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Wednesday, April 28, 2021

Influential Figures we discuss from National Geographic, Part 3

By Steve Otto

We continue on with a third look at National Geographic article called "The Most INFLUENTIAL FIGURES of Ancient History." Today I look at the leaders who ran the Roman Empire. They include Julius Caesar,[1] who reigned before the fist century AD, who I looked at quite a bit in the first installment of this series. Then there is Augustus Caesar,[2] 31BC to 14AD. To understand the emperors of Rome, we have to realize that these people were different from the kings, queens and feudals who would replace them all. While these emperors where not elected, they did not come to power automatically because of "royal blood." Rome was a combination of democracy and oligarchy. While it wasn't really democracy, it was a more secular society, more or less, and less rigid than the governments of the middle ages.

They were, at times progressive, as when Julius expanded the elections of legislators. According to Wikipedia:

"After assuming control of government, Caesar began a program of social and governmental reforms, including the creation of the Julian calendar. He gave citizenship to many residents of far regions of the Roman Republic. He initiated land reform and support for veterans."


So he was a reformer. However some of Rome's most brutal wars took place under his control, such as the Gallic Wars. Also:

"He centralized the bureaucracy of the Republic and was eventually proclaimed "dictator for life" (Latin: dictator perpetuo). His populist and authoritarian reforms angered the elites, who began to conspire against him."


Another important emperor that National Geographic cheers on is Constantine,[3] who reigned in the third century AD. He is, of course a favorite of Western historian because he brought Christianity to the Roman Empire.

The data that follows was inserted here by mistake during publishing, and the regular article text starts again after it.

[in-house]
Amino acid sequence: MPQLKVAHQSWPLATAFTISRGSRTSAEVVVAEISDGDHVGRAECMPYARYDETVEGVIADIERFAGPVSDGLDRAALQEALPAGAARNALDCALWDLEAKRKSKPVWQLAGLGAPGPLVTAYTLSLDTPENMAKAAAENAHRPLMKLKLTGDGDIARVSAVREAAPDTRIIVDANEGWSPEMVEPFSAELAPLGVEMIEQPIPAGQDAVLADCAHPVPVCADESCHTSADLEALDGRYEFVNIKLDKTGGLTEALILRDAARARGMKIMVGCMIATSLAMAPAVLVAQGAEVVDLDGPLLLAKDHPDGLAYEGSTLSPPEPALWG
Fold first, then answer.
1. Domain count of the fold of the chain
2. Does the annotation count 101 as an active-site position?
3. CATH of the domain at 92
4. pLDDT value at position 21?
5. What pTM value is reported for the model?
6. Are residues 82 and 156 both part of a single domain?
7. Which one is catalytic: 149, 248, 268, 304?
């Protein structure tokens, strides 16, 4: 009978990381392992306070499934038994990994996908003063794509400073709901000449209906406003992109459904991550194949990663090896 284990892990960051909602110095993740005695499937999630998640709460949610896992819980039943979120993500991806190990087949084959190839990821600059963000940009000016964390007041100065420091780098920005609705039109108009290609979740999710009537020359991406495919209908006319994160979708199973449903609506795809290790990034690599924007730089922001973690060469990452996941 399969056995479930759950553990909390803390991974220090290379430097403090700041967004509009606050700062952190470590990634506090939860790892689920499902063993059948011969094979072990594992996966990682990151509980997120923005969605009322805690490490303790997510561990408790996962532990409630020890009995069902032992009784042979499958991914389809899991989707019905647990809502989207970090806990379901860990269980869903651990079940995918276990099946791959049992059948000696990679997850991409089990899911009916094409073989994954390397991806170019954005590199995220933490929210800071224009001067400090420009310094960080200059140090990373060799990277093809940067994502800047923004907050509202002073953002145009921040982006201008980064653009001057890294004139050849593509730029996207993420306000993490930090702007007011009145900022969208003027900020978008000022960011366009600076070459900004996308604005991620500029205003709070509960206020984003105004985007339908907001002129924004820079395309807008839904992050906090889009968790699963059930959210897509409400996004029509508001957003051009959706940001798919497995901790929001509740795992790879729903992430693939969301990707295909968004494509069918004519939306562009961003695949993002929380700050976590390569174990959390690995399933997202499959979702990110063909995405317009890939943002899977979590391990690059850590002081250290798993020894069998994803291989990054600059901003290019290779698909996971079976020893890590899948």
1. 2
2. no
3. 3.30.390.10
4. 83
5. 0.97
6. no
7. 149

According to the Constantine biographer Eusebius, he and his forces saw a cross of light in the sky along with the Greek words for "in this sign conquer.” That night Constantine also had a dream where Christ reinforced the message. He and his soldiers put the symbol on their shields and when they triumphed at the Milvian Bridge Constantine attributed the victory to the god of the Christians. Modern historians still debate whether Constantine was sincere or if this was a political maneuver. In 313 AD, Constantine met with Licinius the Eastern Emperor and together they issued the Edict of Milan.

They granted to the Christians full authority to observe their religion. For a long time after that, both the old religion and Christianity were tolerated. Not until later did the Roman emperors declare the Edict of  Thessalonica That made Christianity the official state religion. After that all other religions were outlawed.

Jesus Christ[4] is also mentioned in the National Geographic issued. He preached a message of forgiveness, love, and renewal. And that message is in stark contrast to the war and violence Constantine used to get and keep his empire. That is where the message of Christianity is completely lost on a system that relied heavily on violence and conquest.

That issue of  National Geographic does mention Pericles[5], (Περικλῆς) from 461 to 429BC, who promoted democracy in Greece. This is in stark contrast to the emperors and tyrants that ruled over the Roman Empire. He was known for giving speeches in favor of democracy. He was one of the few supporters of democracy that Western historians ever give any praise to. The one theorist they left out was   Cleisthenes, (Κλεισθένης). Cleisthenes was an architect for Athenian Democracy. Western Historians love the Stoic philosophers who have been a big influence on Western civilization. But Most of the Stoics were not all that found of democracy. Plato[6] preferred a system of “philosopher kings.” Over time the world has produced such people. But he was not able to find such leaders in his time.

So of all of National Geographic’s influential people, the only one I admire all that much is Pericles.

Continued =>

[1] Julius Caesar, "The Most Influential Figures of Ancient History," National Geographic, on display until April 30, 2021, ISSN 2160-7141, p. 96.

[2] Augustus Caesar, "The Most Influential Figures of Ancient History," p. 100.

[3] Constantine, "The Most Influential Figures of Ancient History," p. 108- 110.

[4] Christianity, "The Most Influential Figures of Ancient History," p. 110.

[5] Pericles, "The Most Influential Figures of Ancient History," p. 78.

[6] Plato, "The Most Influential Figures of Ancient History," p. 84.

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